For decades, the western United States was ground zero for one of the greatest experiments humans had ever undertaken: replumbing the world’s rivers. As Marc Reisner cataloged so forcefully in the book Cadillac Desert, dam builders pursued these mega-projects with little regard for whether they were needed, or what effects they would have on people or the environment. It was an experiment fueled less by need than by greed.

A member of the Mundukuru tribe looks into the camera, in the background construction of a dam is taking place.
A member of Brazil’s indigenous Munduruku tribe looks on the São Manoel dam site that has destroyed part of his ancestral homeland on the Teles Pires River. | Photo by Caio Mota, Forum Teles Pires.

Dam-builders undertook this gargantuan effort without clearly understanding what they would lose – the healthy, productive rivers that were once said to be so thick with fish that you could walk across a river on their bodies.

The U.S. didn’t keep this ecosystem-devastating technology to themselves. Throughout the 20th century, the U.S. Bureau of Reclamation busily exported dam technology to other countries around the world, selling these large dams as temples to modernity. Developing countries conveniently gave American companies and engineers fat contracts to build them.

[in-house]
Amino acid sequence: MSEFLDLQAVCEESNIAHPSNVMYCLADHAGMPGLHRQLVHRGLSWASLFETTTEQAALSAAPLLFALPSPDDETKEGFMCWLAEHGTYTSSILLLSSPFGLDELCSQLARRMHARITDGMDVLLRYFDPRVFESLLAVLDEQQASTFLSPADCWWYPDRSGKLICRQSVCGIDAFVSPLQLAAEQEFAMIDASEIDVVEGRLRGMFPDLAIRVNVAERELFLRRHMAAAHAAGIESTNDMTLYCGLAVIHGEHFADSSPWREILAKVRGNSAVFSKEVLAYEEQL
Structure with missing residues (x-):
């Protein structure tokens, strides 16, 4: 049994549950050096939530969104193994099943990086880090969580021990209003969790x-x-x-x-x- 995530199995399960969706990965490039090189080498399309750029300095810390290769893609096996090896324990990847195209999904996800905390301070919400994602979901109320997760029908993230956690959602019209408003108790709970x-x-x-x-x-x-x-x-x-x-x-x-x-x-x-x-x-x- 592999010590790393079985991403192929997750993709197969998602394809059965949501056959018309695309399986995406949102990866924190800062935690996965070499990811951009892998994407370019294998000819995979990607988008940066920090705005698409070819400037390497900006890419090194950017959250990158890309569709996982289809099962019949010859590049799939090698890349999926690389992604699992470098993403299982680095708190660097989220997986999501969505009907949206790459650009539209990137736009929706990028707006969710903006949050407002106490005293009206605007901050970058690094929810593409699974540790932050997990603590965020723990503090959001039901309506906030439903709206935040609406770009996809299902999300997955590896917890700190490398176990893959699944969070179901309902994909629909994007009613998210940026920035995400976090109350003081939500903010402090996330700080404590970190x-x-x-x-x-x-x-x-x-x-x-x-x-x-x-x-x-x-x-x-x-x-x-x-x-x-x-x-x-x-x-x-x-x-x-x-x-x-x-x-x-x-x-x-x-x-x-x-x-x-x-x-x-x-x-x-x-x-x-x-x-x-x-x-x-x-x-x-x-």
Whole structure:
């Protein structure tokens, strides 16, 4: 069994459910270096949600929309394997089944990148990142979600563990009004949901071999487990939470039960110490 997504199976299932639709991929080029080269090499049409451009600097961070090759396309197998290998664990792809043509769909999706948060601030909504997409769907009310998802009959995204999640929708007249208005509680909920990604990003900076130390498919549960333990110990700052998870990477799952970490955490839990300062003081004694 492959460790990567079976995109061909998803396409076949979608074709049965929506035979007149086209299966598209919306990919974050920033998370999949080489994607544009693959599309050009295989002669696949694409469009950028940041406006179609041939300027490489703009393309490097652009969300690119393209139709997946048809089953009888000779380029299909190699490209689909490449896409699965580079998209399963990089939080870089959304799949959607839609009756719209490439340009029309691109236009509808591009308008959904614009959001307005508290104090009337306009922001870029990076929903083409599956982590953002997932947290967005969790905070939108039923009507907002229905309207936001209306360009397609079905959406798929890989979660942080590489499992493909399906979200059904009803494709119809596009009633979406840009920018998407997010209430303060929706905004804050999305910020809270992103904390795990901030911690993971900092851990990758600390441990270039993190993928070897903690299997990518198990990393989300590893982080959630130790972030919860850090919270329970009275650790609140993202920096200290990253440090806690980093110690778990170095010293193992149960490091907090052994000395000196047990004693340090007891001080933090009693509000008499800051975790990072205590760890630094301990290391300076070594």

Many U.S. dams are now nearing the end of their lifespan, and dam removals have increased exponentially. But the hydropower boom is still reverberating through the rest of the world. Large dams are being planned and developed on major rivers like the Mekong, the Amazon, and the Congo, where millions depend directly on their rivers for food and livelihoods. 

This is madness. In too many cases, local communities shoulder the financial burdens and social and environmental impacts while the developers walk away with a profit. And in an era of climate change, hydropower is a risky and insecure energy source that’s deeply vulnerable to increasingly severe droughts and floods. Furthermore, dams lower the climate resilience of riverine communities. It’s time to find another way.

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